The amplified voltage went into a Tiny85 that converted it to an approximate CO2 concentration on the output, using Vernier's conversion formula. The 0.31% (3100ppm) shown is impossibly high for room air (and outside the linear range), because I blew directly on the sensor.  The graph I posted was made by attaching the output of the littleBits voltmeter to a labpro datalogger, and adding the labels with Photoshop. The values are all reasonable, room air is considered to be "stuffy" if the CO2 level exceeds 1000ppm, while "fresh" air is about 400ppm CO2.

My circuit:

and here's the Tiny's code:
Code: [Select]
/*
 * Purple People Counter
 * 04072015 clh - convert CK113v5 CO2 sensor to count & percent
 * 
 * Thanks to sean_littleBits on the littleBits forum
 * for the voltmeter code:
 * (http://discuss.littlebits.cc/t/number-module-arduino/540/4)
 *
 * Uses a Vernier CO2 sensor connected to a0
 * count output to pin 1
 * percent/100 output on pin 0
 *
 *rewrite for tiny85 - 050615 clh
 *
 */

void setup()
{
 pinMode(0, OUTPUT);
  digitalWrite(0, LOW);
  pinMode(1, OUTPUT);
  digitalWrite(1, LOW);
  pinMode(2, OUTPUT);
  digitalWrite(2, LOW);
  pinMode(3, OUTPUT);
  digitalWrite(3, LOW);
  pinMode(4, INPUT);      // digital pin 4 is analog pin A2
}

void loop()
{
  // get the sensor value on pin a0 (val is 0 to 1023)
  int sensorValue = analogRead(A2);

  // output to the number bits on pins 5 (the number of people) and pin 9 (percent)
  analogWrite(1, percentTo255(peopleCount(sensorValue)));
  analogWrite(0, percentTo255(percentCO2(sensorValue)));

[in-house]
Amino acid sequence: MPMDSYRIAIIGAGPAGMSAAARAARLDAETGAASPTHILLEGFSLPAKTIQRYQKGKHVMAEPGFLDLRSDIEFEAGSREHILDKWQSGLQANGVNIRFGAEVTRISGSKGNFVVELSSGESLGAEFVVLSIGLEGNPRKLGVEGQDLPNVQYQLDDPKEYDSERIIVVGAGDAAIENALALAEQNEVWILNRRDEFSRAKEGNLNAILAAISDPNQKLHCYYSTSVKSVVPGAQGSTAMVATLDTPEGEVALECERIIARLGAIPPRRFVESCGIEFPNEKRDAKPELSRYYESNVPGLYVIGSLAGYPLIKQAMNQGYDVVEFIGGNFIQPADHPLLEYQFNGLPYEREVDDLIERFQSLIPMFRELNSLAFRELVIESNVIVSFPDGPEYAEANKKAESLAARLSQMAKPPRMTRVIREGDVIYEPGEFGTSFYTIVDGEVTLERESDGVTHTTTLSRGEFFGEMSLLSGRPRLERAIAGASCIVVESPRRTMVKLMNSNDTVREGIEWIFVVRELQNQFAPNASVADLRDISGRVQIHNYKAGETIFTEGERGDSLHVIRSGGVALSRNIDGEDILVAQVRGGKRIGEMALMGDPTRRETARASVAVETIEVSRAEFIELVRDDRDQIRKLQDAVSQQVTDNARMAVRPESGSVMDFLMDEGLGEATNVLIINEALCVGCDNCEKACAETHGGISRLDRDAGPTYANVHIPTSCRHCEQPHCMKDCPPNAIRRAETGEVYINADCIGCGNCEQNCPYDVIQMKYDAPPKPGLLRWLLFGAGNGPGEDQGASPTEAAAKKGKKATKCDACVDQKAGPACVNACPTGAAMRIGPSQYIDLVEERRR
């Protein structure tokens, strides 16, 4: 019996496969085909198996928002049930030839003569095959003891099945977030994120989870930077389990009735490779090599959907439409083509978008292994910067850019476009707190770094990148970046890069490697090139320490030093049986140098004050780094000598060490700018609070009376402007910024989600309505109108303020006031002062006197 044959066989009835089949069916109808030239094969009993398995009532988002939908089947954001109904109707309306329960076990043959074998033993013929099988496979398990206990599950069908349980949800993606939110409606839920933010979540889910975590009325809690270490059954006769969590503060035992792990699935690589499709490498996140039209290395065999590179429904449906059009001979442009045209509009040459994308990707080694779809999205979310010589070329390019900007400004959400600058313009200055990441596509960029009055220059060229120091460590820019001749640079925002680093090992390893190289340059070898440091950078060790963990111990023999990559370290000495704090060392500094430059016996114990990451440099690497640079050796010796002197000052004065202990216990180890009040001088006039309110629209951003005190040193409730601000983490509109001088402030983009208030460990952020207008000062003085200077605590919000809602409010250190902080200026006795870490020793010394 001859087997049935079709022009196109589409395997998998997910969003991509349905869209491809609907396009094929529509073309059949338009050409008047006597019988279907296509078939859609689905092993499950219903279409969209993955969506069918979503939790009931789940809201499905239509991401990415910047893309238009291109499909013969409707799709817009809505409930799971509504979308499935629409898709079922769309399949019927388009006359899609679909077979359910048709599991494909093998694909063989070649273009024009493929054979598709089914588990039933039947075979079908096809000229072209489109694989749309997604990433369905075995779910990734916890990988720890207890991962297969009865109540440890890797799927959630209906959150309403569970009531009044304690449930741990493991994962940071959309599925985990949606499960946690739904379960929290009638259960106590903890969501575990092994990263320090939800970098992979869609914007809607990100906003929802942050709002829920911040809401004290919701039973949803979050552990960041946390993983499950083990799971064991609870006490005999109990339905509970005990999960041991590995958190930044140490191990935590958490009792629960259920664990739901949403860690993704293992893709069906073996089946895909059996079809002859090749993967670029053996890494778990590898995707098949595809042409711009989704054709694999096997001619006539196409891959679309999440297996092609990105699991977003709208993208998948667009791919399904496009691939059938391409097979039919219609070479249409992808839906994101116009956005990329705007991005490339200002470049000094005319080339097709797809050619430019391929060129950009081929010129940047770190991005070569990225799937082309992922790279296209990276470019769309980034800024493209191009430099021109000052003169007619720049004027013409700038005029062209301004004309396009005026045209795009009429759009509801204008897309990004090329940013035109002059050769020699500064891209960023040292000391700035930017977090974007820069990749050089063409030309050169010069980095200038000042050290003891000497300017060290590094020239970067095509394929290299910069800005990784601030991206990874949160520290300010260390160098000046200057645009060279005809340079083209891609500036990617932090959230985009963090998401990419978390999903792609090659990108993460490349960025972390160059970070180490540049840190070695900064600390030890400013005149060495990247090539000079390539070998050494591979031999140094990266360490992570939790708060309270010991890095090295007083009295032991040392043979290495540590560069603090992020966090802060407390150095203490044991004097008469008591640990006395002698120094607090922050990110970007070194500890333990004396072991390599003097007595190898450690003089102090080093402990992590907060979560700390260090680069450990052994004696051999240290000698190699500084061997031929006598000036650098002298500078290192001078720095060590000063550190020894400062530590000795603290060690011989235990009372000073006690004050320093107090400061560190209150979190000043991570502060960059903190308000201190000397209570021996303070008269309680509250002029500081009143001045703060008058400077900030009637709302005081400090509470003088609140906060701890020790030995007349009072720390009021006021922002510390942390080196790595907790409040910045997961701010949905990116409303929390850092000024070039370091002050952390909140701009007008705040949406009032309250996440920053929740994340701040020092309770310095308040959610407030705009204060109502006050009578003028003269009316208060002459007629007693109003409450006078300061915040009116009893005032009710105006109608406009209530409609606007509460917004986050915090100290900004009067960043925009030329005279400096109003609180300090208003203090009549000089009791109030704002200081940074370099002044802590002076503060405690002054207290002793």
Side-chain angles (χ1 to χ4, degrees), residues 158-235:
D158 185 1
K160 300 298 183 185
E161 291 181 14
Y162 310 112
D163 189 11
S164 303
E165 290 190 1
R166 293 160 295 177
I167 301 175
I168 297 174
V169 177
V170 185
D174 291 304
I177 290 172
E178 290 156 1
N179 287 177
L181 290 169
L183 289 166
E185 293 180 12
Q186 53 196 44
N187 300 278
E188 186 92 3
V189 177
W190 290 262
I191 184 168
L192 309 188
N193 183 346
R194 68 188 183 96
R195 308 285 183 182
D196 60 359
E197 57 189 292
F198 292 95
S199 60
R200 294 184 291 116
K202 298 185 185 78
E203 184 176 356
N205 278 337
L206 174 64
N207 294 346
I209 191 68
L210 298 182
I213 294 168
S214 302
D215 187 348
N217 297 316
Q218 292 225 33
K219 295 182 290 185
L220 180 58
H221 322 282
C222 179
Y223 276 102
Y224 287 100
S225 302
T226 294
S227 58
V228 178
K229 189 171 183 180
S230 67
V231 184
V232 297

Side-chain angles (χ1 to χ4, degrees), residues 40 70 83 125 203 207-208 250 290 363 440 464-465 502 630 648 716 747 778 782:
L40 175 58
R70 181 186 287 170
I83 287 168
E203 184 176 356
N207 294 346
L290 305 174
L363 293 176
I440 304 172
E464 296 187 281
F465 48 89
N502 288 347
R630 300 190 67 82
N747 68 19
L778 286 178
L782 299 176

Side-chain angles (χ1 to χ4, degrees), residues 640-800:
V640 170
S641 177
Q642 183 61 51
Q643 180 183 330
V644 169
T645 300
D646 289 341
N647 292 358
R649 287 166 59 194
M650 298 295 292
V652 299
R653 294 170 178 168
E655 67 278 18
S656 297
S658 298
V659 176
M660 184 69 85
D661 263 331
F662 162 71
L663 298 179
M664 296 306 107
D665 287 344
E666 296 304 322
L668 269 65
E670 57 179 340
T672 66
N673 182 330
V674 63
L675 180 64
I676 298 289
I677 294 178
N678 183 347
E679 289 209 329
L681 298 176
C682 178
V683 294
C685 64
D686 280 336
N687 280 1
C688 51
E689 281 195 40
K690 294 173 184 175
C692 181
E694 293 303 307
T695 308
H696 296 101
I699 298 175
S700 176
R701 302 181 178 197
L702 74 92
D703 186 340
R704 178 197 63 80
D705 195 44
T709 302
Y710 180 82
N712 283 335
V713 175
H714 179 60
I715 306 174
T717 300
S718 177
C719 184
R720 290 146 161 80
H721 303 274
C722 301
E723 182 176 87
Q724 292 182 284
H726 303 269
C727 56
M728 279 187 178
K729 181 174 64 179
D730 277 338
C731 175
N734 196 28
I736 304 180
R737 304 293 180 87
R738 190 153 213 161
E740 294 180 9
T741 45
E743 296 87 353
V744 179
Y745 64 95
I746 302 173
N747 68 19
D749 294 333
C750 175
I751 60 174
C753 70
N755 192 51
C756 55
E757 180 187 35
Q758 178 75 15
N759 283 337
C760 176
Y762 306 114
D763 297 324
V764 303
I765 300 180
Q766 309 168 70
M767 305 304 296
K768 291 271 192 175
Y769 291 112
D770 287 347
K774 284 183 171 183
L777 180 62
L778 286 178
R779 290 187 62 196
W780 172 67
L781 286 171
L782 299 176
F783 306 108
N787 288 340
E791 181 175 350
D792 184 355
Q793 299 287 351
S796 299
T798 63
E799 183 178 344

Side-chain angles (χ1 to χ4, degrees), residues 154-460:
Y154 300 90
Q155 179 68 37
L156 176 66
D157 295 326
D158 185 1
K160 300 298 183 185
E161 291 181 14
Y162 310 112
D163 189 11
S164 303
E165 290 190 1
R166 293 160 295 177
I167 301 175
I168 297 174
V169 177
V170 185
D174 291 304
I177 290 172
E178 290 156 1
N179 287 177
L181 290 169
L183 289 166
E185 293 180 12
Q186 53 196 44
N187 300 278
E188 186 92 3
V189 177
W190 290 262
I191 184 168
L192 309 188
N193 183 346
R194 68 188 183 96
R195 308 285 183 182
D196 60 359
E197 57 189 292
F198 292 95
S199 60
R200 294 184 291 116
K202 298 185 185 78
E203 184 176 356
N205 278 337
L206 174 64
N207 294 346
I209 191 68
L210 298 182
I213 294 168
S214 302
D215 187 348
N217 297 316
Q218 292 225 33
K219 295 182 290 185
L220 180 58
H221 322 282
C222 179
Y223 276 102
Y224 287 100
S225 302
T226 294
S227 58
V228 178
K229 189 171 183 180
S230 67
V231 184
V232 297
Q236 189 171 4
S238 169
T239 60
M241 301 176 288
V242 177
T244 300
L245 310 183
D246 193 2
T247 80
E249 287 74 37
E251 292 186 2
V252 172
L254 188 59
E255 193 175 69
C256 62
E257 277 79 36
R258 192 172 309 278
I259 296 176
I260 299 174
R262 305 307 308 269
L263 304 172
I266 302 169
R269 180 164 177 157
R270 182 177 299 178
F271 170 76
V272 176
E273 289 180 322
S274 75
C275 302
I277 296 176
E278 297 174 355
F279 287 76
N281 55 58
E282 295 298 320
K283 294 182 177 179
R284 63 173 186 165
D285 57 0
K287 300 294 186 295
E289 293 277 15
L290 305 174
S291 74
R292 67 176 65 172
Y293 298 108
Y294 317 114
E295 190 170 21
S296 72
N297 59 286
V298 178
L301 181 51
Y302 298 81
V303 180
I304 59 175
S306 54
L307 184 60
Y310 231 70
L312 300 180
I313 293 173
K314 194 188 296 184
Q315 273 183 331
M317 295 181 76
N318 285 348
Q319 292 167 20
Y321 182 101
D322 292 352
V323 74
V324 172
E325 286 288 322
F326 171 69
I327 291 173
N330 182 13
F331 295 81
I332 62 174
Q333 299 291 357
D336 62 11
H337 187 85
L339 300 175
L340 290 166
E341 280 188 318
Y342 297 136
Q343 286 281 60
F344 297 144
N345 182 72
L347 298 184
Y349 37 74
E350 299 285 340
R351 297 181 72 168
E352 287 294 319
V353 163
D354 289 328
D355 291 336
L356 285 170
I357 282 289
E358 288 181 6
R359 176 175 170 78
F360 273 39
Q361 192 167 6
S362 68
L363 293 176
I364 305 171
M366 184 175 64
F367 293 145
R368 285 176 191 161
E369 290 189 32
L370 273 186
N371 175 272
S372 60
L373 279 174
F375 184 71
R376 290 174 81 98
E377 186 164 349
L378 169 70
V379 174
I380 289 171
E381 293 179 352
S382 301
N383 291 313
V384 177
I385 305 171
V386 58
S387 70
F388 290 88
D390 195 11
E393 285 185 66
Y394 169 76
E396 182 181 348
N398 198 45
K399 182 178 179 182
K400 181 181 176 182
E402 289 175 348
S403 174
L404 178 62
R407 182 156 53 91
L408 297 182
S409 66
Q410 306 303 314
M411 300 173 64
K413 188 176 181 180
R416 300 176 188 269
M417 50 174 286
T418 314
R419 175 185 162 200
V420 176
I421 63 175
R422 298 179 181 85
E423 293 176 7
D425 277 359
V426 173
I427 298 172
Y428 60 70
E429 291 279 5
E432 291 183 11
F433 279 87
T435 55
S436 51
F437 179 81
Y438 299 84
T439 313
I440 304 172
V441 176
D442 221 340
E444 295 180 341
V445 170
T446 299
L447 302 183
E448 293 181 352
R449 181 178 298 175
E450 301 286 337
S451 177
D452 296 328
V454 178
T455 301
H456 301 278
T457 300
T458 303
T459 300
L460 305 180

delay(300); // dawdle for .3 seconds
}


//----------------------- subroutines ------------------------

// convert percent (0-99) into 256ths (0-255) for output to number Bit
int percentTo255(int n)
{
  int clockValues[] = {0, 3, 5, 7, 9, 11, 15, 17, 19, 22, 25, 28, 29, 32, 35, 38, 39, 42, 44, 47, 51, 53, 57, 59, 60, 62, 65, 69, 70, 72, 75, 78, 82, 84, 85, 87, 91, 93, 96, 97, 101, 103, 106, 109, 111, 112, 115, 117, 121, 124, 126, 128, 132, 134, 135, 137, 141, 143, 145, 147, 150, 154, 156, 158, 160, 163, 165, 168, 171, 174, 177, 179, 181, 184, 186, 188, 190, 192, 195, 197, 202, 204, 206, 210, 212, 214, 217, 219, 221, 224, 227, 230, 233, 235, 237, 240, 242, 244, 246, 250};
  return clockValues[n];
}


int percentCO2(int value)
{
  return (map (value, 0, 1023, 0, 99));
}


int peopleCount(int value)
{
  int result = 0;

  if (value >= 50 && value < 70) {
    result = 21;
  }

  if (value >= 70 && value < 85) {
    result = 41;
  }

  if (value >= 85 && value < 95) {
    result = 61;
  }

  if (value >= 95 && value < 102) {
    result = 81;
  }

  if (value >=  102) {
    result = 99;
  }

  return (result);
}


I'm encouraged to make a people counter device with this concept, but look at the variability of the data!

I need to learn more about dealing with this, chaotic, imprecise-yet-patterned kind of ... fuzzy ... data. Do you have any thoughts about where I could look for information about this kind of data handling?